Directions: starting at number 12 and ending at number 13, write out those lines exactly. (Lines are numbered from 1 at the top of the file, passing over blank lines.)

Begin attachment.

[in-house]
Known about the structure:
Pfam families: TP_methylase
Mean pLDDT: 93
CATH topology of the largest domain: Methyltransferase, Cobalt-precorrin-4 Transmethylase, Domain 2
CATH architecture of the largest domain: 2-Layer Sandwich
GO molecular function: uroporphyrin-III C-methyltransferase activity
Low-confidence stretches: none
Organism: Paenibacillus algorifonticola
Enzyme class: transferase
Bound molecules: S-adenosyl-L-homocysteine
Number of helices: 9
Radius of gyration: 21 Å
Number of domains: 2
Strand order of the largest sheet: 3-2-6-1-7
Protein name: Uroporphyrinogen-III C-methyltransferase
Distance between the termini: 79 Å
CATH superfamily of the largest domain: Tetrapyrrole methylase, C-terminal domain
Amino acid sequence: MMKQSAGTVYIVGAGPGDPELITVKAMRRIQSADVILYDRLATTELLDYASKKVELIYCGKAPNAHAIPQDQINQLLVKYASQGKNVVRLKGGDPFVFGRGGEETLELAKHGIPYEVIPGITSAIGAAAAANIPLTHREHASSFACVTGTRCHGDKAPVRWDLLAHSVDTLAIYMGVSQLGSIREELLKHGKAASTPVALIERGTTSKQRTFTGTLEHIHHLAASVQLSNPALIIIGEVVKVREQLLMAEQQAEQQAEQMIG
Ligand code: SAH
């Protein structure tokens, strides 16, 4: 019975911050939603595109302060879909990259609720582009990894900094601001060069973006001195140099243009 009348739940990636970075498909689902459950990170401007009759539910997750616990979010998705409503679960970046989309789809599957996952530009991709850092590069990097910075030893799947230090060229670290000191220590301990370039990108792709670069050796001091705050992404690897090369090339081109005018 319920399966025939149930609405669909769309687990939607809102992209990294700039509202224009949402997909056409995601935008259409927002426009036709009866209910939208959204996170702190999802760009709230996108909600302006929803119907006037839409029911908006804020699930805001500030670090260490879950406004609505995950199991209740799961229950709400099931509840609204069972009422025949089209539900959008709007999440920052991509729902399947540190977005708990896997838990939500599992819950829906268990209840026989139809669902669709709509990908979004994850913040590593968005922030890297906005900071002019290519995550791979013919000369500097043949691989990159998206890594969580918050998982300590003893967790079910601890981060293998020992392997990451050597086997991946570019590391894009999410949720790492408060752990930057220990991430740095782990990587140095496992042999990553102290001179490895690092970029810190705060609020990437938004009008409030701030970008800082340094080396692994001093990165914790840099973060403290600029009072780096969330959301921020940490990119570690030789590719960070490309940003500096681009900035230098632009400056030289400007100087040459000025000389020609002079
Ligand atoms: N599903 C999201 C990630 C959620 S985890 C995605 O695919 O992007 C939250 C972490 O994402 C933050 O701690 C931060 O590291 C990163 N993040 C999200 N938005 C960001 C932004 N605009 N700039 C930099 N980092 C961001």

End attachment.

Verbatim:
Number of helices: 9
Radius of gyration: 21 Å